Updated: 4:00pm - 30/11/2023
Phillip Island Seal Cruise

Departs Cowes Jetty Daily, 2pm
Next available cruise:
Saturday 2nd December
Bookings Essential

Cape Cruise

Departs San Remo Jetty, 10:45am
Next available cruise:
Friday 1st of December
Bookings Essential

Phillip Island Sunset Cruise

Departs Cowes Jetty
Next available cruise:
7.15pm Saturday 2nd December
Bookings Essential

San Remo Bay n Beats

Departs San Remo Jetty, 5.30pm
Next available cruise:
Saturday 16th December
Bookings Essential

Market Cruise

Departs Cowes Jetty 8am
Next available Cruise:
Saturday 2nd December
Saturday 3rd February
Bookings Essential

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Daily Update

Whale Song

May 7, 2019

The Humpback whale sings, and its song is both haunting and beautiful. They sing complex arias that ride the ocean currents for long distances, and once the song is finished, they start again in a continuous rondo, bearing secrets that only they can understand. Researchers are unsure why they sing but they know only the male does so.

The songs could be a territorial display, warding off competing males, or perhaps a serenade to potential mates, a ‘Love Me Tender’ in whale-speak.

Each Humpback population has its own song, give or take minor variations. Every few years, the songs change; on occasion, phrases and notes are exchanged with other populations of Humpbacks, encountered in common feeding grounds. Given that the songs remain in a state of stasis for many years (until the decision is made to change it for whatever reason that only the Humpback knows), the message in the song must bear great significance, especially in relation to their survival.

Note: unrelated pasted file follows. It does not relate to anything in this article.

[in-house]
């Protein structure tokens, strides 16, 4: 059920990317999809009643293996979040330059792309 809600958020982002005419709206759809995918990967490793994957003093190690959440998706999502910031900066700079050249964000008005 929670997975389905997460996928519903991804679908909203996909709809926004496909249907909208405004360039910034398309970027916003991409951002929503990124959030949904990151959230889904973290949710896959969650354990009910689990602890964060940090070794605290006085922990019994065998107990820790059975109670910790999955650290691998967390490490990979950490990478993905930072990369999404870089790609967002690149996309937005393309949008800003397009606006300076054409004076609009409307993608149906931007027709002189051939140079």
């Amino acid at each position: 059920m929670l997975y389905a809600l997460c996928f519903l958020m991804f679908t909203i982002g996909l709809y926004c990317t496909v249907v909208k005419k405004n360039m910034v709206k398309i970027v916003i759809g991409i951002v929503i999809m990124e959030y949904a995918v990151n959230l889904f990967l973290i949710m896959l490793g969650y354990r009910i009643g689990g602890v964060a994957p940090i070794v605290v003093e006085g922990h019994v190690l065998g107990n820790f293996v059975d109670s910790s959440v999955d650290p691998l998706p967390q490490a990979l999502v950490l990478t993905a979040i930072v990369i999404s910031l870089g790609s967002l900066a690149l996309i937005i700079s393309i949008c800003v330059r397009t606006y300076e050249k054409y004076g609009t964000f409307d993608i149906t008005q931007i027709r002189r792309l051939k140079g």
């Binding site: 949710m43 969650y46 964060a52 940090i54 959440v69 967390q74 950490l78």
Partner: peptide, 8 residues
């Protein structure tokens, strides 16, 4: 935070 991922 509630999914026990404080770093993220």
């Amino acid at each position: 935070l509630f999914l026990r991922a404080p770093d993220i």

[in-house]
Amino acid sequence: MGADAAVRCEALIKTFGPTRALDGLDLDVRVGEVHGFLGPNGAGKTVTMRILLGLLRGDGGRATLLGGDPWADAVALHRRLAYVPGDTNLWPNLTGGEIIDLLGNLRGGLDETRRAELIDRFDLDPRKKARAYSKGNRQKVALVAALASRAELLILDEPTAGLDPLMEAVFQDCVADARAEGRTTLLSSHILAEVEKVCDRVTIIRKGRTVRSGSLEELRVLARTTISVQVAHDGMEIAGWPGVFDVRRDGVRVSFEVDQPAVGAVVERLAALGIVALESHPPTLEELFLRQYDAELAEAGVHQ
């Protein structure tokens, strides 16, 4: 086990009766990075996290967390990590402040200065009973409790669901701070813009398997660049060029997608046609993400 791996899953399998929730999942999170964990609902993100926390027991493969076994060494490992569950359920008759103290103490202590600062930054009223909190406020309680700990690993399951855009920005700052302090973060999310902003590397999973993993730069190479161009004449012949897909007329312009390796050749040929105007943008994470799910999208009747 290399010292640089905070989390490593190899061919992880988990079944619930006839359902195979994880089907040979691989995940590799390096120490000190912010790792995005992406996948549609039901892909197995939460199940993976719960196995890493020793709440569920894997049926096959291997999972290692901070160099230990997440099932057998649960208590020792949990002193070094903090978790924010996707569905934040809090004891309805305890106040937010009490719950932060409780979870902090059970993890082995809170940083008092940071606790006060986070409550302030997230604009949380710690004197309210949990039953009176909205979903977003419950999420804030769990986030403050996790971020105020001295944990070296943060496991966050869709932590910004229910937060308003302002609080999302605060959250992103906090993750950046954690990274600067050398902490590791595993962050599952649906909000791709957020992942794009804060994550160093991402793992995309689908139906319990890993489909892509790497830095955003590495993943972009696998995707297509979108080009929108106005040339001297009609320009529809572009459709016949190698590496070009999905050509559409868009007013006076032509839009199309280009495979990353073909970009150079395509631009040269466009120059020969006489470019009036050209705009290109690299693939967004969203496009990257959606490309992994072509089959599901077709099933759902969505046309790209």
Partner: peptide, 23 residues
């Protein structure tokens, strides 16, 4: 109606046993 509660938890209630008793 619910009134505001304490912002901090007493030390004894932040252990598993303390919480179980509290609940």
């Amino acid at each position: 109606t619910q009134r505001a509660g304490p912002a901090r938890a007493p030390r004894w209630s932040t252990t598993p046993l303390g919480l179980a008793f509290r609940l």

In terms of the acoustic capacity of different animals, the singing ability of Humpbacks is a sophisticated adaptation. It suggests the presence of complex neural processes not unlike hominids. Indeed, researchers have found cells in the brains of Humpbacks that are the same as humans. These cells, called spindle cells, are related to cognitive function, suggesting that their capacity for sentience may not be so different from ours.

Humans, however, have not always been kind to the Humpback. Like many other whale species, they were hunted to near extinction during the heyday of whaling. But today, we can make amends through both protective measures and eco-tourism ventures that give people the opportunity to experience their spectacular majesty, in addition to their exhibitions of sentience.

During their northern migration from Antarctica to breed in the warmer waters of Queensland and northern NSW, the Humpback journeys past the waters surrounding Phillip Island. Here, the Humpback gives glimpses of that sentient behaviour, swimming up to boats out of curiosity.

Vessels must always maintain a prescribed distance from whales, even with a special permit, but often whales approach out of their own volition. This has happened a number of times during the Winter Whale cruises offered by Wildlife Coast Cruises. And with the number of whale visits to the area increasing every year, it will no doubt happen again in 2019.

Wildlife Coast Cruises offers daily cruises during the winter whale season between June and August. Currently, a special discount for adult fares is available for early bird bookings made before May 20th. Additionally, there is the new Whale Season Pass, which includes 5 trips on the Winter Whale Cruise or Dolphin & Whale Cruise. Information about the passes can be found here. For early bird discounts, book online via the website, or call the booking office on 1300 763 769.

Beside the Humpback, Southern Right whales and Orcas are also frequent visitors to the Island during the season … but that is another whale tale …. so, stay tuned.

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